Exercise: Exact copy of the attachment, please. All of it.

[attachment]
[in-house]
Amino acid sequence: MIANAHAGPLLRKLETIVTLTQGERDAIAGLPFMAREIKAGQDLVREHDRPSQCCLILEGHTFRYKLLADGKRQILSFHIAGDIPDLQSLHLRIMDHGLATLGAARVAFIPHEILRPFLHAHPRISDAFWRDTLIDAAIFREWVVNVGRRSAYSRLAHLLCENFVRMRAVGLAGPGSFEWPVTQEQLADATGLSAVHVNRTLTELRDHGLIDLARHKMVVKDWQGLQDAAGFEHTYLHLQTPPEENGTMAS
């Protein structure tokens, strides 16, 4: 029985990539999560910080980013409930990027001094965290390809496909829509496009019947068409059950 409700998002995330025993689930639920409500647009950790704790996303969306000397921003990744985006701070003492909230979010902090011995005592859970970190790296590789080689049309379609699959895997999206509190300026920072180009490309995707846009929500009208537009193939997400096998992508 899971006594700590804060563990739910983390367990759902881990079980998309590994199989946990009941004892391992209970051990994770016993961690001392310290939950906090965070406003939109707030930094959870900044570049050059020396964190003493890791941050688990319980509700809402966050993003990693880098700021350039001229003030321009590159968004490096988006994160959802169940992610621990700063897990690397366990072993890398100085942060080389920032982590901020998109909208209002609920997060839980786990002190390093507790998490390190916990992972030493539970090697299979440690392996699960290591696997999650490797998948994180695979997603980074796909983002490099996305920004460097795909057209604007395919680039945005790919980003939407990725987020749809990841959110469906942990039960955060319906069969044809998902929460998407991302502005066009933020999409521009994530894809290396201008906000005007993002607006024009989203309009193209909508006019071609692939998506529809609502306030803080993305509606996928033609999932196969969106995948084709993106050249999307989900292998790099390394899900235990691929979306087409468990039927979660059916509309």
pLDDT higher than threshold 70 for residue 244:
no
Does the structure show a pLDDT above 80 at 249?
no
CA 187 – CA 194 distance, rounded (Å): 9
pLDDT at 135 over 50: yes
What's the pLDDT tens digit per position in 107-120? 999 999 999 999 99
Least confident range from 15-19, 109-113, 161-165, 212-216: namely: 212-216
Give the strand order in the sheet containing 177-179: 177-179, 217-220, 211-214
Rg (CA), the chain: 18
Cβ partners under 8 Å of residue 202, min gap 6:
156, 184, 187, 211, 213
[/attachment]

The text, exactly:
[in-house]
Amino acid sequence: MIANAHAGPLLRKLETIVTLTQGERDAIAGLPFMAREIKAGQDLVREHDRPSQCCLILEGHTFRYKLLADGKRQILSFHIAGDIPDLQSLHLRIMDHGLATLGAARVAFIPHEILRPFLHAHPRISDAFWRDTLIDAAIFREWVVNVGRRSAYSRLAHLLCENFVRMRAVGLAGPGSFEWPVTQEQLADATGLSAVHVNRTLTELRDHGLIDLARHKMVVKDWQGLQDAAGFEHTYLHLQTPPEENGTMAS
């Protein structure tokens, strides 16, 4: 029985990539999560910080980013409930990027001094965290390809496909829509496009019947068409059950 409700998002995330025993689930639920409500647009950790704790996303969306000397921003990744985006701070003492909230979010902090011995005592859970970190790296590789080689049309379609699959895997999206509190300026920072180009490309995707846009929500009208537009193939997400096998992508 899971006594700590804060563990739910983390367990759902881990079980998309590994199989946990009941004892391992209970051990994770016993961690001392310290939950906090965070406003939109707030930094959870900044570049050059020396964190003493890791941050688990319980509700809402966050993003990693880098700021350039001229003030321009590159968004490096988006994160959802169940992610621990700063897990690397366990072993890398100085942060080389920032982590901020998109909208209002609920997060839980786990002190390093507790998490390190916990992972030493539970090697299979440690392996699960290591696997999650490797998948994180695979997603980074796909983002490099996305920004460097795909057209604007395919680039945005790919980003939407990725987020749809990841959110469906942990039960955060319906069969044809998902929460998407991302502005066009933020999409521009994530894809290396201008906000005007993002607006024009989203309009193209909508006019071609692939998506529809609502306030803080993305509606996928033609999932196969969106995948084709993106050249999307989900292998790099390394899900235990691929979306087409468990039927979660059916509309």
pLDDT higher than threshold 70 for residue 244:
no
Does the structure show a pLDDT above 80 at 249?
no
CA 187 – CA 194 distance, rounded (Å): 9
pLDDT at 135 over 50: yes
What's the pLDDT tens digit per position in 107-120? 999 999 999 999 99
Least confident range from 15-19, 109-113, 161-165, 212-216: namely: 212-216
Give the strand order in the sheet containing 177-179: 177-179, 217-220, 211-214
Rg (CA), the chain: 18
Cβ partners under 8 Å of residue 202, min gap 6:
156, 184, 187, 211, 213